The clock struck 5 p.m. on Feb. 22, as I was hurrying out the door of Center1, an office building just 10 minutes away from the Seoul Press Center. The Financial Services Commission (FSC) was just beginning its welcoming ceremony for a new batch of English bloggers. I caught a cab, hoping to get there as soon as I could. When I arrived at the lobby, a woman took my name and pointed me to the elevator. I peered at the attendance list she was holding, and saw that most of the names had not been checked off. Puzzled at the seemingly low turnout, I headed upstairs to the conference room.
Upon entering the room, I was met with a sea of new faces, many of them looking nervous. I wondered how this giant crowd had slipped past the roll call at the entrance as I struggled to find a place to sit, squeezing past a throng of people, all facing forward with attentive eyes. I had arrived just in time for the awards ceremony for bloggers completing their first year.Tony Kwak, a student at Sungkyunkwan University, received a distinguished title for his frequent contributions to the FSC and vigorous publicity efforts on social media.
Next was an orientation by Suzie An, a former blogger who was about to hand over her blog-maintenance duties to Kim Ah-young, the new foreign press manager. She said our blog was the first English communication initiated by a government ministry in Korea, and that the name Frank’s Super Communication was coined using the initials of the FSC. As of July 2012, the blog had a total of 455 posts, over 200 Facebook fans and more than 600 Twitter followers, she said, an astonishing achievement for a blog less than four years old.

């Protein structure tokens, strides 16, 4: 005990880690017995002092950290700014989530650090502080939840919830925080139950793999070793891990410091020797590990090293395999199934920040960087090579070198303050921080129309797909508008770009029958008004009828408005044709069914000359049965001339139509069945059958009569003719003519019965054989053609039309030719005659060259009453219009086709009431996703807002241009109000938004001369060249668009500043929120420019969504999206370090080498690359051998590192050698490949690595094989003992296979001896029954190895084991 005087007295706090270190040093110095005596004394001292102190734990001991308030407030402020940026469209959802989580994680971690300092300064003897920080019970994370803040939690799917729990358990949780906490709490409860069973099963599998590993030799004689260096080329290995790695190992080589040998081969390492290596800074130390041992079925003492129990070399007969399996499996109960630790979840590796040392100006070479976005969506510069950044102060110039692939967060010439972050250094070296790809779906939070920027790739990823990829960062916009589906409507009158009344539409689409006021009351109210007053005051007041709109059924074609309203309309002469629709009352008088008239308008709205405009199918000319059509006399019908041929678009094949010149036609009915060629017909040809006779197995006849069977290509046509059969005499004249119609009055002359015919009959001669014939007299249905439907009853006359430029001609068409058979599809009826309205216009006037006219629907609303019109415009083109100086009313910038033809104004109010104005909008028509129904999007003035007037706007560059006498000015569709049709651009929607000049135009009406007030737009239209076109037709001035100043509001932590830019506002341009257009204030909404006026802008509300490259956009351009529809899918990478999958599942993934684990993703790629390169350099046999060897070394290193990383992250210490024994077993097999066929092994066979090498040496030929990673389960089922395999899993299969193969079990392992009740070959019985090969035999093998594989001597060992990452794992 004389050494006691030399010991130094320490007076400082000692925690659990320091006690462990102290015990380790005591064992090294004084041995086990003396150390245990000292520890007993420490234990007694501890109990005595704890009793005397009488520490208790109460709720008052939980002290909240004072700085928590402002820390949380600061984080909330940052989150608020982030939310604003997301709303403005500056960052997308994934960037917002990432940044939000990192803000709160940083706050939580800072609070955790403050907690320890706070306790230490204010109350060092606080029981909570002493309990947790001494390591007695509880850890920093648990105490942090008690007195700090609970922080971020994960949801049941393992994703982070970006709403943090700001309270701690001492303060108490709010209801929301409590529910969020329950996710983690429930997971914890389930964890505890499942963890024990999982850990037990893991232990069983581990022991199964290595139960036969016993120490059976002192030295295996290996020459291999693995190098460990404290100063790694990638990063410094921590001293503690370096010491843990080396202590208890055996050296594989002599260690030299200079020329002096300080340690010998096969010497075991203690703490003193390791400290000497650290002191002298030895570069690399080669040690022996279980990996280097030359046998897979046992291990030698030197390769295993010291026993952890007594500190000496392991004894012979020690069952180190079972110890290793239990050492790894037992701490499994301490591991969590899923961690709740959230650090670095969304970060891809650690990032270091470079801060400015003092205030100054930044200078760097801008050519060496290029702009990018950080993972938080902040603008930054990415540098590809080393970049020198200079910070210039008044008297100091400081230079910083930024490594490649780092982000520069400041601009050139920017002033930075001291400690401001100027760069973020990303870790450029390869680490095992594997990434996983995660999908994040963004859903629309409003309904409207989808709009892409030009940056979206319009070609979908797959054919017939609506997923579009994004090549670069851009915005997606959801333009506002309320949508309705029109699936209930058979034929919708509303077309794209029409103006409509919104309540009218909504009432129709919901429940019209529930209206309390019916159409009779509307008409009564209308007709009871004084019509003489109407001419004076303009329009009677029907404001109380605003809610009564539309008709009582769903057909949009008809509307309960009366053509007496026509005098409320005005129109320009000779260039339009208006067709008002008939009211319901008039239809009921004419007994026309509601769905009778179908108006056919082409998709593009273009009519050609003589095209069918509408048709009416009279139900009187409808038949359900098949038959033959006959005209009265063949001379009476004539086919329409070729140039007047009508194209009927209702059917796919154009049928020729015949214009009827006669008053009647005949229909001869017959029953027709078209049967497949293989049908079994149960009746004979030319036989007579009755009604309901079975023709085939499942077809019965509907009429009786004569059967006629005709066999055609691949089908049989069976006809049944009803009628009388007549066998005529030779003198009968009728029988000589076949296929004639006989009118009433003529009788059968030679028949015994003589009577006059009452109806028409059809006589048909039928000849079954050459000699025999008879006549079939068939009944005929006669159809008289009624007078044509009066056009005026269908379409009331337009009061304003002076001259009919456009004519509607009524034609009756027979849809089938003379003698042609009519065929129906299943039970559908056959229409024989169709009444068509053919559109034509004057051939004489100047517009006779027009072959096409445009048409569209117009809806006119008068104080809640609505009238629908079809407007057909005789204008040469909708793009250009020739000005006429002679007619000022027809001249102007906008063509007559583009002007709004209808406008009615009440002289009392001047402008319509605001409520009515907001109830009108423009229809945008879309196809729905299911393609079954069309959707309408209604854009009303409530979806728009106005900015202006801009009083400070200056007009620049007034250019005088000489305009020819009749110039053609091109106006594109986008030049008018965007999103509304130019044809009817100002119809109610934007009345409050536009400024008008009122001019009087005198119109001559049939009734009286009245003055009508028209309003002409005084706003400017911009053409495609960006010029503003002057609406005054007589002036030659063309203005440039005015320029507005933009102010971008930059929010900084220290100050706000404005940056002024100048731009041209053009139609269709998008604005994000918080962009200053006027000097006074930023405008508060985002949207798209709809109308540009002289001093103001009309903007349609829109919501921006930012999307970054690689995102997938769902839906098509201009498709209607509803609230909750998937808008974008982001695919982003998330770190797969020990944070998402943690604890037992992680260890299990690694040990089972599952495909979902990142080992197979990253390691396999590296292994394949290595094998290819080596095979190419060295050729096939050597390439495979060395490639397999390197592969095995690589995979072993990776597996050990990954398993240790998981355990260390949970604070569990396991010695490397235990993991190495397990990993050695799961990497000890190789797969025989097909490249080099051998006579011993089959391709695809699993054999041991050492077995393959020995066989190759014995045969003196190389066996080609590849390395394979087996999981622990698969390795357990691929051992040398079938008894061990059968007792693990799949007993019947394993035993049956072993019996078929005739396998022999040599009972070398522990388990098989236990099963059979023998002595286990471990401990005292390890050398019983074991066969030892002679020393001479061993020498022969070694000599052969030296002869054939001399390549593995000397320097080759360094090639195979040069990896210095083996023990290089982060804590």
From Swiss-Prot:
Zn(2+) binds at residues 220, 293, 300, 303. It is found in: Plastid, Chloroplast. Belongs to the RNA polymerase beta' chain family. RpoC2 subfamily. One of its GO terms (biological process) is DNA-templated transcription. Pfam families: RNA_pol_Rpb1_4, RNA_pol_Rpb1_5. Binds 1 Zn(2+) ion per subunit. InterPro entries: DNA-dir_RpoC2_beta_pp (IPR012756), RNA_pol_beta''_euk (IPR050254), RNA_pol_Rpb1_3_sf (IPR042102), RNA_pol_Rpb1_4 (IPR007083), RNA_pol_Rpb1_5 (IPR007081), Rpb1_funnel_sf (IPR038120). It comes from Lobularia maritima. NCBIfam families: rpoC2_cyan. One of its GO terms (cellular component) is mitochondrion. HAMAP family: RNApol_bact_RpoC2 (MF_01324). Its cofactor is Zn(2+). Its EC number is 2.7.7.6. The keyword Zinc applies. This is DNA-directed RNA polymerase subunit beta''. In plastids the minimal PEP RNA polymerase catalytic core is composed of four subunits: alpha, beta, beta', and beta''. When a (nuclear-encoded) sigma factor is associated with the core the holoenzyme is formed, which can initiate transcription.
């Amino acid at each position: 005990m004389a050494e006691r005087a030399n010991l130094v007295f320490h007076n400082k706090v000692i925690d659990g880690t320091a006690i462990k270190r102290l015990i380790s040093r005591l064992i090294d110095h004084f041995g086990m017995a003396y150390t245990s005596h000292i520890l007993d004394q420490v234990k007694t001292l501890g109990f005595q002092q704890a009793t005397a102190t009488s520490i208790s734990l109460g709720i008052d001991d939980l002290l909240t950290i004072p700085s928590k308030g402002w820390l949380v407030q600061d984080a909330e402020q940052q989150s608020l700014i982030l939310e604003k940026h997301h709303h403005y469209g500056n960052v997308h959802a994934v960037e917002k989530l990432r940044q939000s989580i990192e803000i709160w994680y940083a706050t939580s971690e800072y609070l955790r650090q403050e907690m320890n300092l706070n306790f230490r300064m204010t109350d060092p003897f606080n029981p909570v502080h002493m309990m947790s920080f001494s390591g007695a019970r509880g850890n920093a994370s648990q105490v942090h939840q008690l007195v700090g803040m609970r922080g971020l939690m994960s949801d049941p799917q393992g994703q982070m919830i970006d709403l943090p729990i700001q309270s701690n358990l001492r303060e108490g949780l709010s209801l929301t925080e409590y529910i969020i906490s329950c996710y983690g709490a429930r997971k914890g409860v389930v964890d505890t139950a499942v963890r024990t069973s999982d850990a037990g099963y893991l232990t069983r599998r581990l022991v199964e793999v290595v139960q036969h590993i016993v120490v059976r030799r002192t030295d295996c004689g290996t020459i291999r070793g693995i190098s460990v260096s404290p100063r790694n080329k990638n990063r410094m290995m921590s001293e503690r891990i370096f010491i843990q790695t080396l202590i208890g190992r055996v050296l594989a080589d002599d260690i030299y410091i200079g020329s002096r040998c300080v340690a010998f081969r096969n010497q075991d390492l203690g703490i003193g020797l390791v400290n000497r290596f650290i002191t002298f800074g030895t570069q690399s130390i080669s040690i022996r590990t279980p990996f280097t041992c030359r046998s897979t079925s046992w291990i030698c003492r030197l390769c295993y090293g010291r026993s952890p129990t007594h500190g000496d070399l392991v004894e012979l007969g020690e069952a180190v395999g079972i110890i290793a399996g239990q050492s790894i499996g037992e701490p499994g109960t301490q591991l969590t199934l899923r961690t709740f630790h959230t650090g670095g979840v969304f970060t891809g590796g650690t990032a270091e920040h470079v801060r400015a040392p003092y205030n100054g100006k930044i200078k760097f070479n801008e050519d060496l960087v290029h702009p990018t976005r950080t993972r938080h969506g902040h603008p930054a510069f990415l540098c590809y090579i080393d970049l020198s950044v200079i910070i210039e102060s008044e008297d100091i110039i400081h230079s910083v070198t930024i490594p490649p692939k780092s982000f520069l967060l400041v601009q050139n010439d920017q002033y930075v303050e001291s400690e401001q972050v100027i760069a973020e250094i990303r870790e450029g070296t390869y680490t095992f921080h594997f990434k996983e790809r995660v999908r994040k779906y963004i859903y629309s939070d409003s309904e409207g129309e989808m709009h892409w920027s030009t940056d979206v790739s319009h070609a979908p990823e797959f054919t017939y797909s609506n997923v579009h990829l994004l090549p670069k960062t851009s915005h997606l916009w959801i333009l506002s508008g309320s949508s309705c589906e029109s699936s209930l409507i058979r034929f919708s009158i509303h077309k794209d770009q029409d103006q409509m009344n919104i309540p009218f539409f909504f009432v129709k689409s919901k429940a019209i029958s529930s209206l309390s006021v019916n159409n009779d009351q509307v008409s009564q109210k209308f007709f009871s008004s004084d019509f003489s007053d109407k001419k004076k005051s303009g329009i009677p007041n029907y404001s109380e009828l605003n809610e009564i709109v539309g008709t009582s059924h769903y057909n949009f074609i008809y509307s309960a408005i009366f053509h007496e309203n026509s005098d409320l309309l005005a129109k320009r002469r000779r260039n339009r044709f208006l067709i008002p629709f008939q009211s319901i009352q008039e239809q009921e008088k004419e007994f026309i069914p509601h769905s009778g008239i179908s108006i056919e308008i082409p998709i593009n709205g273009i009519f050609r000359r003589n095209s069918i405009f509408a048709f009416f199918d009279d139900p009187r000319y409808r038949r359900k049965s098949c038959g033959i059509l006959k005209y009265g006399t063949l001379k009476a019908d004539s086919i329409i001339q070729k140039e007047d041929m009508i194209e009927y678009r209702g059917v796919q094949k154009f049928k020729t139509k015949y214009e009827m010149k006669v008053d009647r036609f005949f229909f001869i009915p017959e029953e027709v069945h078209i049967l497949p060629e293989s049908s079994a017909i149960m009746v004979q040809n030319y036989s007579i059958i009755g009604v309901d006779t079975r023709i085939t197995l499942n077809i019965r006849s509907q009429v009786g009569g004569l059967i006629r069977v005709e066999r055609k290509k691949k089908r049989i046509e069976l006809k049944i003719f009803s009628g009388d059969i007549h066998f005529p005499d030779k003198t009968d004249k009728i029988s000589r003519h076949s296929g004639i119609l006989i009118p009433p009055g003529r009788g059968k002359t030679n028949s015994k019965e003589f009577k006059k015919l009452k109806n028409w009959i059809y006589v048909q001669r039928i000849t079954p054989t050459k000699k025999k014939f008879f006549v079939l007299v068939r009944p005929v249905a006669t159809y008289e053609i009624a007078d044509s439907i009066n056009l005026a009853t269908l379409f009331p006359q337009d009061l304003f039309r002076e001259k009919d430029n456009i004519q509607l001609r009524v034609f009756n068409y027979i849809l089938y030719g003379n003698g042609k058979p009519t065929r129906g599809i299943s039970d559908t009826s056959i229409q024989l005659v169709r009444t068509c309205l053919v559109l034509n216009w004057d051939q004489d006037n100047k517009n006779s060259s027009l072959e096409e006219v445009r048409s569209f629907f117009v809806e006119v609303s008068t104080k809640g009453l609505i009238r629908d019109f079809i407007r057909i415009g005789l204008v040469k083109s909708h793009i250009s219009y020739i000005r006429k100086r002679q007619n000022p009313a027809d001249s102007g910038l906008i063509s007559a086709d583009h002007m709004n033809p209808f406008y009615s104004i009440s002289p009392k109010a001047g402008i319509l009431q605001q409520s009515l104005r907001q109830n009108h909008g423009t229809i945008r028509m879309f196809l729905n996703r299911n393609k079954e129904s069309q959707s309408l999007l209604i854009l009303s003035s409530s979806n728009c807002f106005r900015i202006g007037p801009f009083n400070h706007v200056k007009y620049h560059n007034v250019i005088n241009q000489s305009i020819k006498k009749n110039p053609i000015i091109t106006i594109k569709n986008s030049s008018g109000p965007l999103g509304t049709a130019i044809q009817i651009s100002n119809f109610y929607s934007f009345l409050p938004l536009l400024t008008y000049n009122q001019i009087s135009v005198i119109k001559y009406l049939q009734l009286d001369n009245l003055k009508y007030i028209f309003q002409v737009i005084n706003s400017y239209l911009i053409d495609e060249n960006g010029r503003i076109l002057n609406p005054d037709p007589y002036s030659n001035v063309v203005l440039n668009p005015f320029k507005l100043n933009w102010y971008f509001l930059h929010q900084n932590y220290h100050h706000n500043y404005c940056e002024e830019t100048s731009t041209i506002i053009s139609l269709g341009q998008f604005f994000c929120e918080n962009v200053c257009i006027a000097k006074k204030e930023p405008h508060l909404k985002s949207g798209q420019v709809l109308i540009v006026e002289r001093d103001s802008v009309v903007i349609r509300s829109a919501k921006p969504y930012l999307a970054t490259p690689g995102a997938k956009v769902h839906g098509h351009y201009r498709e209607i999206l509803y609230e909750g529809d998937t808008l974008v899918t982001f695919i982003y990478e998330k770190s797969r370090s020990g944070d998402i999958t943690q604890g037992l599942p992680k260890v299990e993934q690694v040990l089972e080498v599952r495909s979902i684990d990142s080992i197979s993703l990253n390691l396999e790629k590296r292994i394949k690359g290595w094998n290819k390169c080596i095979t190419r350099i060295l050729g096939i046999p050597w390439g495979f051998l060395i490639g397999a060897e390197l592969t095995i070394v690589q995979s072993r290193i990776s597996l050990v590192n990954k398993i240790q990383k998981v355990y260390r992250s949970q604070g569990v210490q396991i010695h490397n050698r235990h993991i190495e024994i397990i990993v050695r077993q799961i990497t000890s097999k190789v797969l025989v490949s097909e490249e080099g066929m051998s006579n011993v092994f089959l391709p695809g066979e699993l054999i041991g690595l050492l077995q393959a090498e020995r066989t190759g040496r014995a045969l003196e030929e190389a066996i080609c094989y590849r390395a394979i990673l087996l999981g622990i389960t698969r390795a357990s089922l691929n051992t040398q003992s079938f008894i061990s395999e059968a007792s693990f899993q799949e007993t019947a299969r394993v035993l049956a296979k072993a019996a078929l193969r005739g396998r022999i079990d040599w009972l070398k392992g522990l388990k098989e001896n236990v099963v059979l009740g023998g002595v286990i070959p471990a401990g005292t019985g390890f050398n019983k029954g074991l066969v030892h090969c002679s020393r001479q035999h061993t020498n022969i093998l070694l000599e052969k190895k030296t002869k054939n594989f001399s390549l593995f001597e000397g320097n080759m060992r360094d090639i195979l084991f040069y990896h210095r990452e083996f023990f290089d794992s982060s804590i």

Mr. Kwak then took the mic, presenting PowerPoint slides that he had prepared to impart his blogging know-how. He gave tips on choosing the right topic and finding sources, and encouraged newcomers to push through the nine-month term, however busy they might be with schoolwork and internships. Finally, he suggested a monthly retreat to forge stronger ties among existing and new bloggers, something the FSC had not tried before. I could sense that many of the younger bloggers looked up to him as a role model.
The FSC Foreign Press Spokeswoman Kim Mi-kyung closed the ceremony, saying bloggers with outstanding performance records could potentially join the FSC as an official staff member next year, just like Ms. An did last year. We then proceeded to the lobby for a group photo (below).
The meeting took a little over an hour, but felt a lot shorter, probably because we all were excited about this opportunity to publicize the FSC to our foreign audience. So we hope you stay tuned to learn more about what Frank is up to this year! 🙂